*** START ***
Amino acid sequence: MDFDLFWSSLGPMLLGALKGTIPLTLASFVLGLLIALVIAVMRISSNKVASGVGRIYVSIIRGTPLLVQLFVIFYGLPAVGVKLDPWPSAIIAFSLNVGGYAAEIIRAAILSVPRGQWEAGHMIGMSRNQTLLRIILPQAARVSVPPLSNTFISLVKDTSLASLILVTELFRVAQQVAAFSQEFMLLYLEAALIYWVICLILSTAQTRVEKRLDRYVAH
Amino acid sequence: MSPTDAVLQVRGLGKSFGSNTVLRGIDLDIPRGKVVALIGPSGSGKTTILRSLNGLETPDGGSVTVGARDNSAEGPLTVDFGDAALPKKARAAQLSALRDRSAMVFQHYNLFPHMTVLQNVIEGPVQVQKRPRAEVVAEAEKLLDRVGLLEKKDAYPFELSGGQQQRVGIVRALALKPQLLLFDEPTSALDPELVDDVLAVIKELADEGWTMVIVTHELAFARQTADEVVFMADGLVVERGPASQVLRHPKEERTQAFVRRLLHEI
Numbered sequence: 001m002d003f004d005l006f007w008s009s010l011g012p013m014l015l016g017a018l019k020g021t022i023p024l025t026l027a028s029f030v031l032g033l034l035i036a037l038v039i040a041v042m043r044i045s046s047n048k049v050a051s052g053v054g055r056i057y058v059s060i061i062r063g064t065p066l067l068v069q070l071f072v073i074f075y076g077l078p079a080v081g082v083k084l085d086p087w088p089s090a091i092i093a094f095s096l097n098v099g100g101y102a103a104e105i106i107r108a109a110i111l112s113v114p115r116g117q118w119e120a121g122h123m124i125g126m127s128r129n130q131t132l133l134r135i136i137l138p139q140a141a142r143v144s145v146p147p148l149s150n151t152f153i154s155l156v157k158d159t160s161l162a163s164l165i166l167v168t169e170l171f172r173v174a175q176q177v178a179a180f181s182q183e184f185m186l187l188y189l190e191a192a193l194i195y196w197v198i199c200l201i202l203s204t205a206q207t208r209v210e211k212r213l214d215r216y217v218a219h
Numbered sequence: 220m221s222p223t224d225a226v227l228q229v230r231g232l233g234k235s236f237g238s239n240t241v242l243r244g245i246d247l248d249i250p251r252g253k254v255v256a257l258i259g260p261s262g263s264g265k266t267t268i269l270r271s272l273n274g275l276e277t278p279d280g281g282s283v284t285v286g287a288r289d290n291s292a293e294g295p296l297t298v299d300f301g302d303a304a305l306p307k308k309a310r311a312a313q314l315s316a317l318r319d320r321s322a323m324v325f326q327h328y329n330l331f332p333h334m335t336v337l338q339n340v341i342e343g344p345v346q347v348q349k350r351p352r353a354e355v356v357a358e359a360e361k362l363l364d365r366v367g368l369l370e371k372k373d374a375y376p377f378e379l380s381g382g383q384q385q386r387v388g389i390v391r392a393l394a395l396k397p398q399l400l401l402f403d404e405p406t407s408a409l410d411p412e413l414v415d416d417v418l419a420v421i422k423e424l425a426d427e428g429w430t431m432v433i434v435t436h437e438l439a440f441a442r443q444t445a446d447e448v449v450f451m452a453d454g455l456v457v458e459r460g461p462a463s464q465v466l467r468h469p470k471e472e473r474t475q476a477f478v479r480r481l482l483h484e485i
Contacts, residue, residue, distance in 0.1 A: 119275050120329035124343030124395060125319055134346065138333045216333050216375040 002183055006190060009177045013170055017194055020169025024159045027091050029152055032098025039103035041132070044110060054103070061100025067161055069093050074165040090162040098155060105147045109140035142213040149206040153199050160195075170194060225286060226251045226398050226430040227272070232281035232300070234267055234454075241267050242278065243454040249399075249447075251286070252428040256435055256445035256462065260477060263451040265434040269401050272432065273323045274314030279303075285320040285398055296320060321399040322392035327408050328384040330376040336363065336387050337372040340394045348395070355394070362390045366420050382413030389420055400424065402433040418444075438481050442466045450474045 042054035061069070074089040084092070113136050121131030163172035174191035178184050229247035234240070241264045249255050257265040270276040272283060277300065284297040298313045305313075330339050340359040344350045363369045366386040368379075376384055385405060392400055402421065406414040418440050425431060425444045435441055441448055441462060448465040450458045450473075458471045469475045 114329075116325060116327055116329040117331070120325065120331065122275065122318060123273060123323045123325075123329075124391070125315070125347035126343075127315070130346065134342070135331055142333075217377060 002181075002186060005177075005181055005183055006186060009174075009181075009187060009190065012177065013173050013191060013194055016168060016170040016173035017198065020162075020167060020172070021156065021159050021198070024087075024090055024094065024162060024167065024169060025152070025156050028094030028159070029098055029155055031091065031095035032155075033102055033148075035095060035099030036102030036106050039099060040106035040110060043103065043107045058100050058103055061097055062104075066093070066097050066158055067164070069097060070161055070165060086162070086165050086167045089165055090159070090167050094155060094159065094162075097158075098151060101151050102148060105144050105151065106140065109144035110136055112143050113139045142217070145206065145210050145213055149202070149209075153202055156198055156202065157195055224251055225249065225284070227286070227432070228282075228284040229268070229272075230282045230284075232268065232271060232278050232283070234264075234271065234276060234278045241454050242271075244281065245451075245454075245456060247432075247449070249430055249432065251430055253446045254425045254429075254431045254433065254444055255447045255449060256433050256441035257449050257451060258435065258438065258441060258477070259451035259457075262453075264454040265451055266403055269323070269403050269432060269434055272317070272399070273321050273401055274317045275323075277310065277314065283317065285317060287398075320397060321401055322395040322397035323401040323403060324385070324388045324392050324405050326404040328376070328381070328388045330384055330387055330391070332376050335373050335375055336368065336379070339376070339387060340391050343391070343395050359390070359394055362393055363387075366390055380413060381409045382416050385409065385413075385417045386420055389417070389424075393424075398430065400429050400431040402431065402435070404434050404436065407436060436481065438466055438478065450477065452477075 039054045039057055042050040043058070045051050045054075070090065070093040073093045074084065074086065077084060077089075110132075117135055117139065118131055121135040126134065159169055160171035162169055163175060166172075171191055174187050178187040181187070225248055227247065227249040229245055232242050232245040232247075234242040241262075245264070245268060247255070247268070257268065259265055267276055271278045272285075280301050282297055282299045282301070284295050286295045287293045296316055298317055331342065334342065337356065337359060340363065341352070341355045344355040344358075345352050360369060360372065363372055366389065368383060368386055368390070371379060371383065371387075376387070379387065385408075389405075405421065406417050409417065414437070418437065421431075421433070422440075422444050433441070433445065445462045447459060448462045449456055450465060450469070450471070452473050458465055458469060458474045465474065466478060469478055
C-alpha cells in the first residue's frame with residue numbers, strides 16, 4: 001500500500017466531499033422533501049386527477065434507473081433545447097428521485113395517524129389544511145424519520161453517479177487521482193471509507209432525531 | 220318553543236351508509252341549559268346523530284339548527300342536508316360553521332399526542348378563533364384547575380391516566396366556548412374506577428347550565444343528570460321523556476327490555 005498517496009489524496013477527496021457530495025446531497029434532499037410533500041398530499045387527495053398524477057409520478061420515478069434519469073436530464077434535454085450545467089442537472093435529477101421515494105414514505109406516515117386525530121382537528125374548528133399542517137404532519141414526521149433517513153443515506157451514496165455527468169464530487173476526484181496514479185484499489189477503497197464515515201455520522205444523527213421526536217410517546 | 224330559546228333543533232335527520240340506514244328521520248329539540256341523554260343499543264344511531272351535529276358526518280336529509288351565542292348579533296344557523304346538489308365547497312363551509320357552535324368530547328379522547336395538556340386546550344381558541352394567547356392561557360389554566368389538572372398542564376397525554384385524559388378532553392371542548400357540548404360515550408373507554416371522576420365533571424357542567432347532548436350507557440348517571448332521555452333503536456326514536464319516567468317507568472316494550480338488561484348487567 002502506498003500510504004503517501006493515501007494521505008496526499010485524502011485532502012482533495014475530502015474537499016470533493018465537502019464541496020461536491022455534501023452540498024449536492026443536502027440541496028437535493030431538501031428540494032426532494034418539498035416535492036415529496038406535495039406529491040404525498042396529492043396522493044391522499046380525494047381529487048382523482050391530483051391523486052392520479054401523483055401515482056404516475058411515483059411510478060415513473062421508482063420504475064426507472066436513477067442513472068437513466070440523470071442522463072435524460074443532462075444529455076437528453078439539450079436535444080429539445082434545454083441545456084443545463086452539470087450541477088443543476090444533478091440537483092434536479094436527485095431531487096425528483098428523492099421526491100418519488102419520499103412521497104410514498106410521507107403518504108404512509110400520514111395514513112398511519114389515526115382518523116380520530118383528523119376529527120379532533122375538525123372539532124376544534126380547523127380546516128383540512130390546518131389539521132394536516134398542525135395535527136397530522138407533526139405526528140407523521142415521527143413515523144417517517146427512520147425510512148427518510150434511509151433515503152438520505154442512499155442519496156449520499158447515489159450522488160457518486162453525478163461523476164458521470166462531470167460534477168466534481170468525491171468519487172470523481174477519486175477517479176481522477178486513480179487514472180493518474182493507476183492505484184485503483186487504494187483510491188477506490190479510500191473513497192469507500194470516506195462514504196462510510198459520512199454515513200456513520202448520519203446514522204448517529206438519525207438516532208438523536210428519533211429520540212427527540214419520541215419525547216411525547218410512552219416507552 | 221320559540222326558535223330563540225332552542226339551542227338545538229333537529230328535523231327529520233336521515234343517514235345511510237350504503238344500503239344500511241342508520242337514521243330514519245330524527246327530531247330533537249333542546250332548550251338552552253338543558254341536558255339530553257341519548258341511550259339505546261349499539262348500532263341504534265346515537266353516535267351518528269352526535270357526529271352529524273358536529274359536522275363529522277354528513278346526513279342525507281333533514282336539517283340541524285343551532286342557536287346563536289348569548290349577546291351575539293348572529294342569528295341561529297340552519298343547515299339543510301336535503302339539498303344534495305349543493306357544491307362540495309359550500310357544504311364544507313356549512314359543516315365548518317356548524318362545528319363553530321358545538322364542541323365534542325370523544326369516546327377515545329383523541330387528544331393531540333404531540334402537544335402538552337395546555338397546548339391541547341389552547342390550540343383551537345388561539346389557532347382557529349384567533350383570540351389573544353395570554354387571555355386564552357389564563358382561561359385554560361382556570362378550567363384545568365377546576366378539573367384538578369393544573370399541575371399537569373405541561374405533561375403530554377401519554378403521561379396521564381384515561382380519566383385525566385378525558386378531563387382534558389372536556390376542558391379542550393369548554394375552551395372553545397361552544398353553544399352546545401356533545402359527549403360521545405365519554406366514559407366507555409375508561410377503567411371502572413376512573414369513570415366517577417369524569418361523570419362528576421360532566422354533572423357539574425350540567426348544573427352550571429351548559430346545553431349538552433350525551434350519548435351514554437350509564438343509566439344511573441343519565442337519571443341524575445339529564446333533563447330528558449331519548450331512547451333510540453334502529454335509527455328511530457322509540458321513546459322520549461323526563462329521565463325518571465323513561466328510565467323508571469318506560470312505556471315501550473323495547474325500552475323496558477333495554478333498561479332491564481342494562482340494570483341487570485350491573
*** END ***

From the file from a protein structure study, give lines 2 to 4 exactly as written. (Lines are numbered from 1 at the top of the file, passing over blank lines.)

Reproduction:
Amino acid sequence: MSPTDAVLQVRGLGKSFGSNTVLRGIDLDIPRGKVVALIGPSGSGKTTILRSLNGLETPDGGSVTVGARDNSAEGPLTVDFGDAALPKKARAAQLSALRDRSAMVFQHYNLFPHMTVLQNVIEGPVQVQKRPRAEVVAEAEKLLDRVGLLEKKDAYPFELSGGQQQRVGIVRALALKPQLLLFDEPTSALDPELVDDVLAVIKELADEGWTMVIVTHELAFARQTADEVVFMADGLVVERGPASQVLRHPKEERTQAFVRRLLHEI
Numbered sequence: 001m002d003f004d005l006f007w008s009s010l011g012p013m014l015l016g017a018l019k020g021t022i023p024l025t026l027a028s029f030v031l032g033l034l035i036a037l038v039i040a041v042m043r044i045s046s047n048k049v050a051s052g053v054g055r056i057y058v059s060i061i062r063g064t065p066l067l068v069q070l071f072v073i074f075y076g077l078p079a080v081g082v083k084l085d086p087w088p089s090a091i092i093a094f095s096l097n098v099g100g101y102a103a104e105i106i107r108a109a110i111l112s113v114p115r116g117q118w119e120a121g122h123m124i125g126m127s128r129n130q131t132l133l134r135i136i137l138p139q140a141a142r143v144s145v146p147p148l149s150n151t152f153i154s155l156v157k158d159t160s161l162a163s164l165i166l167v168t169e170l171f172r173v174a175q176q177v178a179a180f181s182q183e184f185m186l187l188y189l190e191a192a193l194i195y196w197v198i199c200l201i202l203s204t205a206q207t208r209v210e211k212r213l214d215r216y217v218a219h
Numbered sequence: 220m221s222p223t224d225a226v227l228q229v230r231g232l233g234k235s236f237g238s239n240t241v242l243r244g245i246d247l248d249i250p251r252g253k254v255v256a257l258i259g260p261s262g263s264g265k266t267t268i269l270r271s272l273n274g275l276e277t278p279d280g281g282s283v284t285v286g287a288r289d290n291s292a293e294g295p296l297t298v299d300f301g302d303a304a305l306p307k308k309a310r311a312a313q314l315s316a317l318r319d320r321s322a323m324v325f326q327h328y329n330l331f332p333h334m335t336v337l338q339n340v341i342e343g344p345v346q347v348q349k350r351p352r353a354e355v356v357a358e359a360e361k362l363l364d365r366v367g368l369l370e371k372k373d374a375y376p377f378e379l380s381g382g383q384q385q386r387v388g389i390v391r392a393l394a395l396k397p398q399l400l401l402f403d404e405p406t407s408a409l410d411p412e413l414v415d416d417v418l419a420v421i422k423e424l425a426d427e428g429w430t431m432v433i434v435t436h437e438l439a440f441a442r443q444t445a446d447e448v449v450f451m452a453d454g455l456v457v458e459r460g461p462a463s464q465v466l467r468h469p470k471e472e473r474t475q476a477f478v479r480r481l482l483h484e485i